Retreat might be a better word.  The BBC News article shows an early 20th century drawing of a stooped over, hairy, ape-like Neanderthal with the caption, “Our views of Neanderthals have come a long way since this representation was painted in 1909.”  But again, this is a retreat “a long way” back to the prior paradigm: namely, that humans have always been uniquely endowed with reason and aesthetics, unlike the apes from which Darwinians believe humans evolved.

Finlayson thinks this find is just the tip of the iceberg.  “It is showing that Neanderthals simply expressed themselves in media other than cave walls. The last bastion of defence in favour of our superiority was cognition,” he said; now, despite their differences, it must be acknowledged that “their processes of thinking were obviously very similar” to ours.

We have shown that Neanderthals were associated with raptors and corvids of particular characteristics (dark remiges, scavenging or colonial cliff nesters) across the entire geographical space of the Palearctic and they directly processed their bones for their feathers. In this respect they were distinctly human. The absence of parietal art in caves occupied by Neanderthals, and also of bone and shell ornaments, is a key argument cited in support of the superior cognitive capacities of Modern Humans. Our results put this long-standing contention in doubt, by providing strong evidence that Neanderthals simply used media, other than cave walls, to express themselves.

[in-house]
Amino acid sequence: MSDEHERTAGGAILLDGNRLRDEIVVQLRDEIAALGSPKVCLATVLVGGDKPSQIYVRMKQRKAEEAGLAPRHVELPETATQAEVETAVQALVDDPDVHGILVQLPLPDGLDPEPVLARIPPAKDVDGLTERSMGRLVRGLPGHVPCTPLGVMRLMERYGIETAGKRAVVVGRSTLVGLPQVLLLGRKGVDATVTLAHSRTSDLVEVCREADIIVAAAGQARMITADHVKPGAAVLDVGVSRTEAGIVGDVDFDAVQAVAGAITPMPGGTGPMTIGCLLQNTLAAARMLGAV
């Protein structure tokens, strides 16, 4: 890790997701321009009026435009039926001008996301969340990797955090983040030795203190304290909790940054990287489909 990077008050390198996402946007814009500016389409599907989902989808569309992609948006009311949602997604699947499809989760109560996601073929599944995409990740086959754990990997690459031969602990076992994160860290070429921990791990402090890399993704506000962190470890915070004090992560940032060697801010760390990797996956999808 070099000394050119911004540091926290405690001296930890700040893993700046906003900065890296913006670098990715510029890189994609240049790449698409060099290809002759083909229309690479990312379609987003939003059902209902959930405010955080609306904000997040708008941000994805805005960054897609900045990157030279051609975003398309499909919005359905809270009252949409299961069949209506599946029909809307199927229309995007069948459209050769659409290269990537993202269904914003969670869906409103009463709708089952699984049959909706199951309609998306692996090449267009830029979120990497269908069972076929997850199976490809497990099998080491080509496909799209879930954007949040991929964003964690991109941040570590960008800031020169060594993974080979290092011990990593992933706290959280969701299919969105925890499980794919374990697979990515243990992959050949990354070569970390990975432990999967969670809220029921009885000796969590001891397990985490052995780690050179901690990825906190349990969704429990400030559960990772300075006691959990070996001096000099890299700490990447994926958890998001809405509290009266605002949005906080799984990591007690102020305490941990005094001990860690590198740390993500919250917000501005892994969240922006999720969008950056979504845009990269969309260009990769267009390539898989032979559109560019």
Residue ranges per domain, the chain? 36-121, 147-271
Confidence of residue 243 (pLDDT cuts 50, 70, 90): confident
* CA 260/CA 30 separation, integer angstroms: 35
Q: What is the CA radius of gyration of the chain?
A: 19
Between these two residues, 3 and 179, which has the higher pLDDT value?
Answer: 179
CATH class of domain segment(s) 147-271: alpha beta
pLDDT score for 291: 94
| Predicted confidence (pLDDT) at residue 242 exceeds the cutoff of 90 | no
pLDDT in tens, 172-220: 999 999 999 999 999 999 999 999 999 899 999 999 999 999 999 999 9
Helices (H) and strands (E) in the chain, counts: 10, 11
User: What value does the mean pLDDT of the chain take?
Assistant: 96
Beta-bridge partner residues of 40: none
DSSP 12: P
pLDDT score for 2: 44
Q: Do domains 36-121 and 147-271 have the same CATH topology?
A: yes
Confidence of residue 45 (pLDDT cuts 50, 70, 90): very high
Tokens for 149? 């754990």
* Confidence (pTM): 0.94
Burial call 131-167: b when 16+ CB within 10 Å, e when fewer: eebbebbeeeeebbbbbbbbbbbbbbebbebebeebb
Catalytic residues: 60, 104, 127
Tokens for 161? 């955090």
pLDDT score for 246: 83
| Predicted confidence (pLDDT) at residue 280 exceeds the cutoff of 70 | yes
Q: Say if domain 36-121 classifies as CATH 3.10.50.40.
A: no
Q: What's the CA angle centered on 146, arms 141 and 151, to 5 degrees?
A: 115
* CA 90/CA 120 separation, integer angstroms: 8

The point of the spear:  Another indication of mental acuity is the ability to fashion materials for organized hunting.  Who would have expected to find modern-looking spear points in coal dated 300,000 years old?  That’s what has been described in a press release from the University of Tübingen – the “oldest known weapons anywhere” – indicating that the designers were skilled hunters.  These were not flaked rocks for cutting up dead animals, but rather designed instruments for hunting live prey.  “Tools preserved in lignite show capacity for abstract thought, Tübingen researchers say.”

What’s also interesting about the discovery is the site: a coal mine that till recently was soaked in water: